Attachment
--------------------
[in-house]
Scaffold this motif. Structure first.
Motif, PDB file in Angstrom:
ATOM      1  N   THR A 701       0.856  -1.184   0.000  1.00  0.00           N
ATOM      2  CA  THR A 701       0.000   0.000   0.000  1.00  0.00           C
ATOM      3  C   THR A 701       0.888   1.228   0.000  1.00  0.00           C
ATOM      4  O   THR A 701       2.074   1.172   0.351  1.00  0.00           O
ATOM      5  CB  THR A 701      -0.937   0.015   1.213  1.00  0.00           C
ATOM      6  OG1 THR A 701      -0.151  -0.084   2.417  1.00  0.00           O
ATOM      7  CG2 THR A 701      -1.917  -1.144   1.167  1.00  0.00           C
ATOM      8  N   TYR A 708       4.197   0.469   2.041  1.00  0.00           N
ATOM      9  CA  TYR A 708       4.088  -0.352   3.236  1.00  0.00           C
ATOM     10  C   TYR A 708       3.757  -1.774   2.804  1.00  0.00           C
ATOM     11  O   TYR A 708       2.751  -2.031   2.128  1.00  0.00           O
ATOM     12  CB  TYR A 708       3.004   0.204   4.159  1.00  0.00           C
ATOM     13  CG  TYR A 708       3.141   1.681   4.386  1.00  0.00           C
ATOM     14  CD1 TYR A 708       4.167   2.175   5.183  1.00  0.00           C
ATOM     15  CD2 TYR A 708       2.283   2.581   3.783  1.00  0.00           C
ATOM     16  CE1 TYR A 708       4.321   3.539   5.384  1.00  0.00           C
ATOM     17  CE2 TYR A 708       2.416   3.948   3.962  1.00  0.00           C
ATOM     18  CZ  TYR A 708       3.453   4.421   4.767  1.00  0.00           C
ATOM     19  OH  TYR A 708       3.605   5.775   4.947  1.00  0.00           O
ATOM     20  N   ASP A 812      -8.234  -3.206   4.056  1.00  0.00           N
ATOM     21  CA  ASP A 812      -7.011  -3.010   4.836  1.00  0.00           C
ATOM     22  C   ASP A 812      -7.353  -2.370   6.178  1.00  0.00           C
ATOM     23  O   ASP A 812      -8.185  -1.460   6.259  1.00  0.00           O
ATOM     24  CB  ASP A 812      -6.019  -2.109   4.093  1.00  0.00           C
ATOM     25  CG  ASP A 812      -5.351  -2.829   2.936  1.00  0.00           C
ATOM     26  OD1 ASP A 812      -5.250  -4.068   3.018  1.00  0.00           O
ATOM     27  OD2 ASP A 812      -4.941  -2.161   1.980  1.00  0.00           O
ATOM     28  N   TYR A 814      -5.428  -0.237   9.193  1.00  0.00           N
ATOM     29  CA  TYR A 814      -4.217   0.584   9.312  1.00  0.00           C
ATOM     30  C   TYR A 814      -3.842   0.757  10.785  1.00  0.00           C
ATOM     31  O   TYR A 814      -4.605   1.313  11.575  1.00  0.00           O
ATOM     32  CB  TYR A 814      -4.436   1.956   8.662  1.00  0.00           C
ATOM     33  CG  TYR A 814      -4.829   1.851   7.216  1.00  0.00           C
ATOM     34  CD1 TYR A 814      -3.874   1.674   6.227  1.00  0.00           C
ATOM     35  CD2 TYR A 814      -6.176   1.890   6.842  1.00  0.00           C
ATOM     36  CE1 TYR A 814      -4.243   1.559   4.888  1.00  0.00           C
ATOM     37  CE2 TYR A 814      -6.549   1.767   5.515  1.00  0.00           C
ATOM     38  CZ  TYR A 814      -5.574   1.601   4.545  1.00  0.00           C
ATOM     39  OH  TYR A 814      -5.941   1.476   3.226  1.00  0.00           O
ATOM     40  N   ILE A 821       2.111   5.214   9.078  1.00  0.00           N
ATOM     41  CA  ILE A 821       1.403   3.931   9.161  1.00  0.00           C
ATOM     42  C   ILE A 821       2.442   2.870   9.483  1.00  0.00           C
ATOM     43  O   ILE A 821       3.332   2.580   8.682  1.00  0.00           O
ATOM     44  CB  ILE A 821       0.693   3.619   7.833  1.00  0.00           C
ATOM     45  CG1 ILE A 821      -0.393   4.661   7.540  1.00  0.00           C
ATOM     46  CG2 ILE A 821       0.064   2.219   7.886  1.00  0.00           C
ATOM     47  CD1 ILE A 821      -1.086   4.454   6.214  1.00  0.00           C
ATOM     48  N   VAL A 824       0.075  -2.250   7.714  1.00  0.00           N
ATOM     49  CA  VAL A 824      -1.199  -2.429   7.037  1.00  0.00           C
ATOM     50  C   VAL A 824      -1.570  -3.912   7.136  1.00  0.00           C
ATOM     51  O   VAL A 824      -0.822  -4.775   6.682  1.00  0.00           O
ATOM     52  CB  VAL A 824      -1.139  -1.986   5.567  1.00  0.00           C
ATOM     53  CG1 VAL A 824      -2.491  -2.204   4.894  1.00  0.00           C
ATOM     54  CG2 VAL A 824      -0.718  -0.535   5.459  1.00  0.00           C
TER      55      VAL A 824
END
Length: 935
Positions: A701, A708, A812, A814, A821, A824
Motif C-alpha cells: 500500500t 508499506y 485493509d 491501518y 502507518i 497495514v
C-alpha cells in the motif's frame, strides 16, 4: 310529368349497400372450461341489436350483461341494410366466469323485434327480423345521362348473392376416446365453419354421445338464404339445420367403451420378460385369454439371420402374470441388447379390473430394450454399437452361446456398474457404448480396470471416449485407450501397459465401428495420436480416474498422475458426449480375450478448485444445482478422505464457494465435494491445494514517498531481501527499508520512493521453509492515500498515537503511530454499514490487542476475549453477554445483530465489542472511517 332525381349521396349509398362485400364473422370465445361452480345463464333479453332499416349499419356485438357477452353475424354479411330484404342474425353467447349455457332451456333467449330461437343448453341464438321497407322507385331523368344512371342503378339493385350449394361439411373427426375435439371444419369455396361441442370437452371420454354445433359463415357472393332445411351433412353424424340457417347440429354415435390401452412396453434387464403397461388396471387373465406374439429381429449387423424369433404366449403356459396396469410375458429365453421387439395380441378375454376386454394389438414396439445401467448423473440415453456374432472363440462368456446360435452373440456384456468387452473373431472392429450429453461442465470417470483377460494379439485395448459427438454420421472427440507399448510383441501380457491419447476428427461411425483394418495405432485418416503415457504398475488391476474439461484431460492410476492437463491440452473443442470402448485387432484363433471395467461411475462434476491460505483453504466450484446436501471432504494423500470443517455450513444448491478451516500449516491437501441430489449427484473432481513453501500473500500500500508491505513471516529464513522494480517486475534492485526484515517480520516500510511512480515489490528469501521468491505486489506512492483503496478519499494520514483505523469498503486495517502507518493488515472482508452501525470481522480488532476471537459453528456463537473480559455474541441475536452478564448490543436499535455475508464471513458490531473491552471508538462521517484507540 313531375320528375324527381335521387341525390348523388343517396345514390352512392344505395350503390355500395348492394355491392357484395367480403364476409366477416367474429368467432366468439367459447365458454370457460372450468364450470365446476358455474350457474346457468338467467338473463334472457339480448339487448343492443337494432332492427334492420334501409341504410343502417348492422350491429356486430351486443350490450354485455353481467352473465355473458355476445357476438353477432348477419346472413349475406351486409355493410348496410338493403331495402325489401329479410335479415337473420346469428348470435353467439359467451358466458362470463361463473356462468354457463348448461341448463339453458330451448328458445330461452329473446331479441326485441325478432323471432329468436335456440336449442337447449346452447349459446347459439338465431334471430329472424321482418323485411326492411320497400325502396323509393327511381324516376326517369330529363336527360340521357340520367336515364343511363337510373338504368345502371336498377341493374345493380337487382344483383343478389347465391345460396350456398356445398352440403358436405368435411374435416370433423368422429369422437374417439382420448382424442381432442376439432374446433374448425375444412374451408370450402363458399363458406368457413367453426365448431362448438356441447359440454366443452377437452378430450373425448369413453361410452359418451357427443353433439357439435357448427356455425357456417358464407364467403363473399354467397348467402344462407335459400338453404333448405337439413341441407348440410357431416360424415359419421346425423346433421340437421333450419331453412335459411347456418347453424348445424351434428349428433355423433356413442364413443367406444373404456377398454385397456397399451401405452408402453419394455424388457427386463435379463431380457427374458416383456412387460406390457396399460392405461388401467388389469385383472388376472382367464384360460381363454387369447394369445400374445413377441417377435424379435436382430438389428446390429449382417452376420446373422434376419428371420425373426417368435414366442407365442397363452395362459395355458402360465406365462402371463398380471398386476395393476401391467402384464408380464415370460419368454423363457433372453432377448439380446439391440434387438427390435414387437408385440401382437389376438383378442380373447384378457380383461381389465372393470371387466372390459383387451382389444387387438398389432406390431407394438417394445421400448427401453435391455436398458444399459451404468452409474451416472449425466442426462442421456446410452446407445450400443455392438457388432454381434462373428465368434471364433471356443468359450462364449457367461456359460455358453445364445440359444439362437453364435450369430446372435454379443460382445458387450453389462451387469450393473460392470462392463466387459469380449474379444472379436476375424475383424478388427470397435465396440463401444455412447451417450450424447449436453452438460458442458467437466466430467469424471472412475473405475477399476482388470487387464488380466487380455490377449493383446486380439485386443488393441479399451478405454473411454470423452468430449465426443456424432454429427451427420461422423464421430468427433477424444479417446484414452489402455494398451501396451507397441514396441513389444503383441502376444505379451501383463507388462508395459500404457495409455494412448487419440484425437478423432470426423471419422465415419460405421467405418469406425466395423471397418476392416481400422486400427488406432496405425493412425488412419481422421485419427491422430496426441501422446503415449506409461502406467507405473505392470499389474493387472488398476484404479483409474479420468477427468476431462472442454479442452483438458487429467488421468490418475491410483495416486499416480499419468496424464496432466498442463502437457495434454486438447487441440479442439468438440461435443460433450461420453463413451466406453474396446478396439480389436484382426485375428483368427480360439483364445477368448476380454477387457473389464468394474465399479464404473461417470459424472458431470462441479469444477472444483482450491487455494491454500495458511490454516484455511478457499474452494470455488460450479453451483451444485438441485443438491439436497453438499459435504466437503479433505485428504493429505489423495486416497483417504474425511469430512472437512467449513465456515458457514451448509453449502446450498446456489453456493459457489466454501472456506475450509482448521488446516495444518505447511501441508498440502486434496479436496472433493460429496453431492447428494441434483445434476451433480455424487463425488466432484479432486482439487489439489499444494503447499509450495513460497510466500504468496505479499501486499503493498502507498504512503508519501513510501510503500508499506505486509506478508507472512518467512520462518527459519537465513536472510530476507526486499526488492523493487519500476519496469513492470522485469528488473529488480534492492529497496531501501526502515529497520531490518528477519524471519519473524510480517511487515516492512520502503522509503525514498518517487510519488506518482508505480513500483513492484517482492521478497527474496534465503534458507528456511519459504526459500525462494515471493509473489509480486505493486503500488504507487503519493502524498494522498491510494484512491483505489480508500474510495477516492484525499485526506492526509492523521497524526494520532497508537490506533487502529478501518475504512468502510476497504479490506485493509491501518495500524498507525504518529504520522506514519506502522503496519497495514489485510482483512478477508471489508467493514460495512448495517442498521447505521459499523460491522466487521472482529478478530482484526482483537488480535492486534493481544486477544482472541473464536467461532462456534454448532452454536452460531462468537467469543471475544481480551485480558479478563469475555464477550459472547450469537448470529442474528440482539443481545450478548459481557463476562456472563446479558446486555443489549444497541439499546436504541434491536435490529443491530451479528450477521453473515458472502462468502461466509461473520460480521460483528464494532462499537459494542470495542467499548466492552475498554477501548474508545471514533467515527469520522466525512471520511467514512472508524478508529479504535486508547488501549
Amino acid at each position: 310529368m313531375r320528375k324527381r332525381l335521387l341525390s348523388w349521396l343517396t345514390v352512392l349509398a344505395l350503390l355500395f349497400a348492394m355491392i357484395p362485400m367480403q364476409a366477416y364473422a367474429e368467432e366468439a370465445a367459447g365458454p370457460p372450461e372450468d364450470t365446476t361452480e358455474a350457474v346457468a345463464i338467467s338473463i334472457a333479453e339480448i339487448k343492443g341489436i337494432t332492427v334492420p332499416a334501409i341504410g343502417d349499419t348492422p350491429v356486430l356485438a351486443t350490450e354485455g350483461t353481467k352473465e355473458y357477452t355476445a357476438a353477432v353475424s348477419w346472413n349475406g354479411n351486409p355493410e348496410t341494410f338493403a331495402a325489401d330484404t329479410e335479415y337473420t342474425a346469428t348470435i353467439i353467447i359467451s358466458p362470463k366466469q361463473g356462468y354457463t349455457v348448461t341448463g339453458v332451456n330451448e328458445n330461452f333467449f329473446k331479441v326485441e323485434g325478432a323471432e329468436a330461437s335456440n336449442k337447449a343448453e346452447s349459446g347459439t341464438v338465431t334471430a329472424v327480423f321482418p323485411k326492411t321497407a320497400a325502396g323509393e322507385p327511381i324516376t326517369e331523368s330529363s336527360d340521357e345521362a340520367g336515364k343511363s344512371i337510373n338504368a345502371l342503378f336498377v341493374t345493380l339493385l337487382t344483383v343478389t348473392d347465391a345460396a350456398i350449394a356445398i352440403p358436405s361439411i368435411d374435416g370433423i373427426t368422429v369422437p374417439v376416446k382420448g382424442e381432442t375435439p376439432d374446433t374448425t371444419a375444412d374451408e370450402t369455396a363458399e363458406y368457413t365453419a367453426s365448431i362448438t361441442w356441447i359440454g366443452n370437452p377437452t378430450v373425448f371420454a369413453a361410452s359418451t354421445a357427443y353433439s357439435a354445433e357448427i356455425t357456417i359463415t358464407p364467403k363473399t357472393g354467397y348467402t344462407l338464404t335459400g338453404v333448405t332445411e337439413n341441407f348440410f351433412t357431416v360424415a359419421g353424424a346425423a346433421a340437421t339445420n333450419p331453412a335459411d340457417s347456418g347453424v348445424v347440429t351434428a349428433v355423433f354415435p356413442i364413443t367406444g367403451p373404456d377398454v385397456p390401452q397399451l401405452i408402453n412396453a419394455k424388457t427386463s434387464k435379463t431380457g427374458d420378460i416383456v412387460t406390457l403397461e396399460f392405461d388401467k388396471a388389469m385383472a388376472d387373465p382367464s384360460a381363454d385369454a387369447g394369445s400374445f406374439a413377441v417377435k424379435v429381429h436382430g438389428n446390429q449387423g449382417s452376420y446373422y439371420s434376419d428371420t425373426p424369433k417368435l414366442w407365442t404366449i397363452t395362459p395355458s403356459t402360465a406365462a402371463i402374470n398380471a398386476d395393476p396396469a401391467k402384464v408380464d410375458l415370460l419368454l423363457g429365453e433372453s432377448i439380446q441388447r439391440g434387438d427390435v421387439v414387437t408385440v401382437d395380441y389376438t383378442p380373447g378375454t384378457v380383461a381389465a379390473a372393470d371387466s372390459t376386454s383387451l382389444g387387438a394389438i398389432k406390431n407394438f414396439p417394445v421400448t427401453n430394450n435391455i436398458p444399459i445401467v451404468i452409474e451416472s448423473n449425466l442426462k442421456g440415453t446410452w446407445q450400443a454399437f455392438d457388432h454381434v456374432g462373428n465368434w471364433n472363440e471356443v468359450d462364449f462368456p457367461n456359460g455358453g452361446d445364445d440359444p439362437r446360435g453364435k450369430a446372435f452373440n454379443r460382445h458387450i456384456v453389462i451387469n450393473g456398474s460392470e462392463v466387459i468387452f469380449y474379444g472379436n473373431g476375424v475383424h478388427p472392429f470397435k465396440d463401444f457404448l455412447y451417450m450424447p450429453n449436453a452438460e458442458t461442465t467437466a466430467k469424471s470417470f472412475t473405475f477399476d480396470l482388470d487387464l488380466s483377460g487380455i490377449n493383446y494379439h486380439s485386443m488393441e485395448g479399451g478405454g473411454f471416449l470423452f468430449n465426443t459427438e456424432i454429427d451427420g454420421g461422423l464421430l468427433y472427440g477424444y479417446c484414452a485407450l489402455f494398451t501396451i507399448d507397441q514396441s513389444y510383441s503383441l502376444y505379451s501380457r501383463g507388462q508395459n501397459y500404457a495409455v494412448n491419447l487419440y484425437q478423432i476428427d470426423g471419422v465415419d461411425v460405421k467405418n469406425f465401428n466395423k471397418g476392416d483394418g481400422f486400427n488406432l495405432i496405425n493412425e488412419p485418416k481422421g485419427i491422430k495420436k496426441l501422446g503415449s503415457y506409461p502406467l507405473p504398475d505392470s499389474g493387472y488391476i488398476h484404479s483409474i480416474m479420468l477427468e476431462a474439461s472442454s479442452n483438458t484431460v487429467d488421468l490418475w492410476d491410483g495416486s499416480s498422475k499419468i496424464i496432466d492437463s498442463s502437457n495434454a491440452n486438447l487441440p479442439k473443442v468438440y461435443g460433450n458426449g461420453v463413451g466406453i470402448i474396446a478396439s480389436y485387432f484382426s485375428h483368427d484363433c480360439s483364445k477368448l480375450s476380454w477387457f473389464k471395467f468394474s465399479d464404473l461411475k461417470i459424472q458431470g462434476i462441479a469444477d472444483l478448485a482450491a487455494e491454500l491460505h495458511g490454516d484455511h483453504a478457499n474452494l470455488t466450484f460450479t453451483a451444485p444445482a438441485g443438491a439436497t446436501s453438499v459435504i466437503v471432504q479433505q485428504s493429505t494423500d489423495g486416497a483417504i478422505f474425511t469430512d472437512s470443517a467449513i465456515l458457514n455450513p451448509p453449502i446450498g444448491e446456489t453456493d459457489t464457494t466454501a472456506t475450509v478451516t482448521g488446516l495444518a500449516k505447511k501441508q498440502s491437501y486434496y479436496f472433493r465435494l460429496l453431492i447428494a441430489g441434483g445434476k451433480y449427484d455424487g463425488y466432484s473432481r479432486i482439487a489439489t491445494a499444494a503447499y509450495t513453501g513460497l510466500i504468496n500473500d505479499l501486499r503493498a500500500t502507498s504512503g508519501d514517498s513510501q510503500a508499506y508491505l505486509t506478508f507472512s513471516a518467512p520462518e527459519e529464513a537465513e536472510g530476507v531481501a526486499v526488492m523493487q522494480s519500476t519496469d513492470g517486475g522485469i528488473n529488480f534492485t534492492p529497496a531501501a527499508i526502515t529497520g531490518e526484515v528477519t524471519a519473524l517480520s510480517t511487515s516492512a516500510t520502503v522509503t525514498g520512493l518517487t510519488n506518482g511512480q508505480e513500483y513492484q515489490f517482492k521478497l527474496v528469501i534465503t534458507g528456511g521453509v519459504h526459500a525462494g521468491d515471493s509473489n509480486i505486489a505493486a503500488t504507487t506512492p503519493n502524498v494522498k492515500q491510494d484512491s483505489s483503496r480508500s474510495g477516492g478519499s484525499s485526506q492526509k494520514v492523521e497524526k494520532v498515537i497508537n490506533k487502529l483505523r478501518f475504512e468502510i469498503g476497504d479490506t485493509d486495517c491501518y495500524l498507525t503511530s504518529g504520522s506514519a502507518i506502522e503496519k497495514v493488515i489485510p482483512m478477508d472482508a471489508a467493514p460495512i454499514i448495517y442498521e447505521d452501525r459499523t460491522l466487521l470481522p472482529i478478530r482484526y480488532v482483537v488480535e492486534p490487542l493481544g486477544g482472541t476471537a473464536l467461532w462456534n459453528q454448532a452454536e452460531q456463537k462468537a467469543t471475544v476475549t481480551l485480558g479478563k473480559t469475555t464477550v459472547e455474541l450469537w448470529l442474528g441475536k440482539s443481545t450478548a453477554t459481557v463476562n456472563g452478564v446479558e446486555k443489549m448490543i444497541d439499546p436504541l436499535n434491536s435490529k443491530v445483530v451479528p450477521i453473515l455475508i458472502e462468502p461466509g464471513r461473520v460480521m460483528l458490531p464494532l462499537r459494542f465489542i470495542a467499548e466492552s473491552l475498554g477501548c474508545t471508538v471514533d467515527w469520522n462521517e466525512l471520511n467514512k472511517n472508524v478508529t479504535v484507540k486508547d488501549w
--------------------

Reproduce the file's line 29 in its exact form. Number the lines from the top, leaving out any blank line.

ATOM     26  OD1 ASP A 812      -5.250  -4.068   3.018  1.00  0.00           O